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Editorial: Japan’s new digital agency faces numerous challenges

  • August 31, 2021
  • , The Mainichi
  • English Press

The Japanese digital agency will be launched on Sept. 1 as the control hub for the country’s information technology policy. The new body will be required not only to streamline government operations but to provide administrative services that will lead to a sense of security among the public.


The COVID-19 pandemic has exposed the adverse effects of Japan’s rigid administrative divisions as well as the lack of skills necessary to make good use of IT. Different ministries and agencies failed to cooperate over computer systems, slowing down the process of understanding the current state of infections and providing financial support.


The new digital agency is responsible for managing the government’s overall system development and advancing the use of data in various fields including education, disaster prevention and medical care. IT-savvy talent from the private sector has been recruited for the new agency.


While the digital agency is a new government organization promoted by Prime Minister Yoshihide Suga, just creating the instrument isn’t enough. Until now, the IT expert Deputy Chief Cabinet Secretary for Information Technology Policy (government CIO) was in charge of managing the digitalization of government ministries and agencies, but they had little presence.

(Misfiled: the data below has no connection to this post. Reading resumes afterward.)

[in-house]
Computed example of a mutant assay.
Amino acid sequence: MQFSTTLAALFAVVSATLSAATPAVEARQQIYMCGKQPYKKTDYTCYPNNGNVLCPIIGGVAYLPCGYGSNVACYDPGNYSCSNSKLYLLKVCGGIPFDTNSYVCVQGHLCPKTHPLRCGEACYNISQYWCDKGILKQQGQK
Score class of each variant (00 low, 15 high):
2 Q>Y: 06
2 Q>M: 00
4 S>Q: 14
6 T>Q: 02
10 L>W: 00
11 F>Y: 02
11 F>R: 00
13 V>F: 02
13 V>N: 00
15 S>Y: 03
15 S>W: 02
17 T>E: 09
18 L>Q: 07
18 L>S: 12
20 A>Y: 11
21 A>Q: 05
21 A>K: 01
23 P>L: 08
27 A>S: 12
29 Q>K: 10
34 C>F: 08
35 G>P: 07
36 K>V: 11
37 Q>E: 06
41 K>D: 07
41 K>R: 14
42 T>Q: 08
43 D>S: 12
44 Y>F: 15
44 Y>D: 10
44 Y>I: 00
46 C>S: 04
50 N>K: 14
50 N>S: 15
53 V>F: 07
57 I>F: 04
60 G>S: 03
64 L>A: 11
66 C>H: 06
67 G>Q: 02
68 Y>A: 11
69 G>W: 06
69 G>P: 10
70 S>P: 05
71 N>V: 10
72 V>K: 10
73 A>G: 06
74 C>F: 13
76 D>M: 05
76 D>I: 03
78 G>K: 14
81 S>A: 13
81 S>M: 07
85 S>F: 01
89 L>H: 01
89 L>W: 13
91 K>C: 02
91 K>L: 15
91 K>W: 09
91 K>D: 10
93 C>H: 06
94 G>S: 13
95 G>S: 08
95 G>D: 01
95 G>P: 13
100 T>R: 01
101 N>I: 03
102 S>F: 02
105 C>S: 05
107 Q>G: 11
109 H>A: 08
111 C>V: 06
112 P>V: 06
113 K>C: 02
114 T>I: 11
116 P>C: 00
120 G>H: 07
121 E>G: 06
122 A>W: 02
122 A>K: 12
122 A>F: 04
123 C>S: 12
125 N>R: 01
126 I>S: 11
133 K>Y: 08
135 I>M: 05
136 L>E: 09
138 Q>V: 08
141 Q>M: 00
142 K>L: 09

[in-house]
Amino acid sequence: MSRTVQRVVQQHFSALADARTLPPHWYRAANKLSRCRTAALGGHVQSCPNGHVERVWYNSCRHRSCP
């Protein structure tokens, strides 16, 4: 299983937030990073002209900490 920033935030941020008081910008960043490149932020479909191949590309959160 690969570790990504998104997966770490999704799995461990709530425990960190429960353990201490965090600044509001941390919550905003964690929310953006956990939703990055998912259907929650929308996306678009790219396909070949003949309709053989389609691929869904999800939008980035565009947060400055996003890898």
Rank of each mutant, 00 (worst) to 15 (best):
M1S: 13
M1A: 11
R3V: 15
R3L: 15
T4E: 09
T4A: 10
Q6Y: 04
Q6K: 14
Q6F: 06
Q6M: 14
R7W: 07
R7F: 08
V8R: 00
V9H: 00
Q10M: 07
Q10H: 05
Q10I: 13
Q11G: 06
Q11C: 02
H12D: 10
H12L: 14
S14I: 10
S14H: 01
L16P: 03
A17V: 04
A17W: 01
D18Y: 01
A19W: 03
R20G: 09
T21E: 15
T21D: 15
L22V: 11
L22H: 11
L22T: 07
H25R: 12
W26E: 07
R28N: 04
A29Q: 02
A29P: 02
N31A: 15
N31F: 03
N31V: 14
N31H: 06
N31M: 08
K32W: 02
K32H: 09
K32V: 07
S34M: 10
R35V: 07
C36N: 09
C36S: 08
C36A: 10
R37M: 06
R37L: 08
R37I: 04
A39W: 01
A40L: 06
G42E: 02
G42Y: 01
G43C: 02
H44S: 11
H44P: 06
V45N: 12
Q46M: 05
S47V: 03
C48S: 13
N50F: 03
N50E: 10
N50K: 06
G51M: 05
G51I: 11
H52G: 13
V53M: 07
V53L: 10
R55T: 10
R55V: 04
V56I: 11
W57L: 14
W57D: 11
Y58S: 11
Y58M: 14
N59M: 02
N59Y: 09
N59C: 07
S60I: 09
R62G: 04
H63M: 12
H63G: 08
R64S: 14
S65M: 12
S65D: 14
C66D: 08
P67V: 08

When the government’s contact-tracing app, which was meant to let users know if they came into contact with those infected with the coronavirus, had glitches, the Ministry of Health, Labor and Welfare was unable to respond due to its lack of knowledge in app development and management. The government CIO also provided little support for the problem.


In Tokyo’s Kasumigaseki district where central government ministries and agencies are concentrated, there was a lack of awareness over the use of IT to collect data and reflect it in policy-making. A reform mindset among bureaucrats is essential.


Upon reflecting on these failures, the digital agency has been given authority to issue an improvement advisory to the ministries and agencies that are slow to respond. The agency’s deputy chief, the top non-elected official, has been hired from the private sector and will be responsible for advancing reforms while exercising their leadership.


It’s possible that a conflict of interest will emerge between private firm workers who will be doubling as part-time agency employees and their home companies. Regarding a business commission for a Tokyo Olympics app, it emerged that a government employee had consulted with a business owner whom they had close ties with and that owner’s firm ended up accepting orders for part of the app business, raising suspicions. Therefore, an employment framework is necessary which allows for the recruitment of excellent human resources while securing the fairness of public administration.


In the meantime, there are ongoing challenges to the My Number social security and tax identification system, which is supposed to be a litmus test for achieving a digital government.


If an individual’s My Number ID is linked to their bank accounts, it could be used for social security payments and swift provision of financial aid in times of natural disaster. On the other hand, there is this deep-rooted sense of concern among the public over government surveillance and misuse of private information. The expansion of the Personal Information Protection Commission, a government watchdog over the use of data, is an urgent task.


Digitalization is only possible when supported by the people. The Japanese government must first work on winning back the public’s trust that it has lost over its poor response to the COVID-19 pandemic.

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